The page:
- Thread starter giannip
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1) starting at 30 seconds, calculate a 30 second rolling average for power

2) raise the values obtained in step 1 to the 4th power

3) take the average of all the values obtained in step 2

4) take the 4th root of the number obtained in step 3

Source: Training and racing using a power meter: an introduction -- Andrew R. Coggan, Ph.D.

http://home.trainingpeaks.com/articles/cycling/the-science-of-the-performance-manager.aspxYojimbo_ said:Just to continue this in a slightly different vein......

Anyone know why it's to the 4th power and not something else? I'm curious as to the basis for this.

If not, try: http://www.midweekclub.ca/articles/coggan.pdf

page 8-9.

No. Brain fade on my part.frenchyge said:Is the 4th order discussion in there?

There is no formula, funky or otherwise, to convert AP to NP. You have to independently find NP based on the power data from the ride, using the steps I posted above. For some rides, NP will equal AP, and on other rides it will be higher or even much higher. There's a spreadsheet in the files section of the Wattage Google group that will calculate it for you if that's what you need.giannip said:Thanks everyone. I was loking for the ACTUAL formula. As in all the funky mathematical stuff

Just came to my mind from this question something that I have been thinking recently:frenchyge said:There is no formula, funky or otherwise, to convert AP to NP. You have to independently find NP based on the power data from the ride, using the steps I posted above. For some rides, NP will equal AP, and on other rides it will be higher or even much higher. There's a spreadsheet in the files section of the Wattage Google group that will calculate it for you if that's what you need.

Does someone have a simple formula to calculate NP for a (theoretical) square profiled interval/repetition session giving a few parameters like interval time, interval power, recovery time, recovery power and total number of intervals. I could easily write a progam for that but it would be nicer to have a spreadsheet solution to play with numbers when planning interval sessions.

so there IS a formula how else would CP calculate NP for a ride ?frenchyge said:There is no formula, funky or otherwise, to convert AP to NP. You have to independently find NP based on the power data from the ride, using the steps I posted above. For some rides, NP will equal AP, and on other rides it will be higher or even much higher. There's a spreadsheet in the files section of the Wattage Google group that will calculate it for you if that's what you need.

or am I being daft again

thanksfrenchyge said:I'm sure there are nicer ones out there, but this is the one I use. NP and TSS values are approximate since smoothing is neglected.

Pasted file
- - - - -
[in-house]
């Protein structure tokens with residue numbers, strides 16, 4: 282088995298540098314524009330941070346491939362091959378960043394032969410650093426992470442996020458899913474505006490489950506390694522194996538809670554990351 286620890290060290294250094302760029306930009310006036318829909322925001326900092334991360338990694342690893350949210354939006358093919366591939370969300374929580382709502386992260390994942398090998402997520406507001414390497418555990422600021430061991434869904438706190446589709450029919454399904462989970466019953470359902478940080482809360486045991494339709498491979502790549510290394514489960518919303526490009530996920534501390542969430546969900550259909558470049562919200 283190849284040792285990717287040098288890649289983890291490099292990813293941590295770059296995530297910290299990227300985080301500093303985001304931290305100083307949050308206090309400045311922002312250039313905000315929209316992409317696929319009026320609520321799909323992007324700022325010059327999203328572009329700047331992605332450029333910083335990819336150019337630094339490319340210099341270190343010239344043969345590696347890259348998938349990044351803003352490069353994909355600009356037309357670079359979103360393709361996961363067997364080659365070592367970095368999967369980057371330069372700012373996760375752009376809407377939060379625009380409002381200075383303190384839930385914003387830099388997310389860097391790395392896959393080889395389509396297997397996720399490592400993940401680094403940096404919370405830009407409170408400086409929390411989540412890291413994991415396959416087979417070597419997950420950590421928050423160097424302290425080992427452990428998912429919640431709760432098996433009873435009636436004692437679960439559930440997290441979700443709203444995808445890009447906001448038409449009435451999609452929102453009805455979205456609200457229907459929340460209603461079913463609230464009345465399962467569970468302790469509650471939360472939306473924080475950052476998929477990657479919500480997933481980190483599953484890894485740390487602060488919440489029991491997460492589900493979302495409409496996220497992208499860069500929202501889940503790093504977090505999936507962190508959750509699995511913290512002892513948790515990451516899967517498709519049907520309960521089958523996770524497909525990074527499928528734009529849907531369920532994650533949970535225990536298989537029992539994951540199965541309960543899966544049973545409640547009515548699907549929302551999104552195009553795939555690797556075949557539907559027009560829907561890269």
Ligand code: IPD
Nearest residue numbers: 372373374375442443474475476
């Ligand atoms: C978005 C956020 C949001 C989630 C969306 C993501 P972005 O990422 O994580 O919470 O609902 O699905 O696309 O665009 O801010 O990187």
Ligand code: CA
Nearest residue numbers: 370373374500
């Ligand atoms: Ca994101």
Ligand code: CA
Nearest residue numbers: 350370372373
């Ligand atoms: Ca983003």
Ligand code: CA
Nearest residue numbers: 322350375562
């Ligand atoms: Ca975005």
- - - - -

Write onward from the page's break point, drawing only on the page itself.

Well there's definitely angiannip said:so there IS a formula how else would CP calculate NP for a ride ?...

But for a fairly simple closed form expression you could use:

NP = (mean(psmooth^4))^0.25

where:

- psmooth is the time series power data smoothed with the 30 second sliding window function described by frenchyge in step 1. and the function "mean()" is the linear averaging of all values enclosed in the parathenses.

In the case of frenchyge's spreadsheet the smoothing function is ignored which works fine for blocked style workouts where each block of a different power is much longer than 30 seconds. I use the same sort of spreadsheet for workouts on gym ergs where I hold a given power for 5 minutes or more.

You can code the full smoothed version in a spreadsheet, it just forces you to enter data at a much finer resolution with at least a data point every 15 seconds or better yet at the actual power meter recording rate which makes for a lot of hand entry into a spreadsheet if you're not reading the files directly from your PM.

-Dave

I'm beginning to wonder...giannip said:or am I being daft again

There's no formula for converting AP to NP. Cycling Peaks WKO+ determines NP by putting the point-by-point power data through the steps described in post #2. A spreadsheet will do this quite easily, but you have to know the complete data stream to feed into it -- AP alone is not enough info.

To illustrate:

if I have a 1hr ride where I averaged 250w, there's no way to use that information to determine the NP of that ride. There are a multitude of ways to end up with an AP of 250w, (ie, 30 min at 300w + 30 min at 200w, 15 min at 300w + 45 min at 233w, etc.) and they will all have different NP's.

To determine NP, you have to know exactly what was done during the ride. The NP of a steady 250w ride is very different from a ride consisting of 300w intervals with 200w rest periods.

Hope that helps explain, but maybe I'm not understanding exactly what you're looking for.

Thanks. That's pretty much like what I use. I was just wondering if the smoothing could be applied somehow in a formula.frenchyge said:I'm sure there are nicer ones out there, but this is the one I use. NP and TSS values are approximate since smoothing is neglected.

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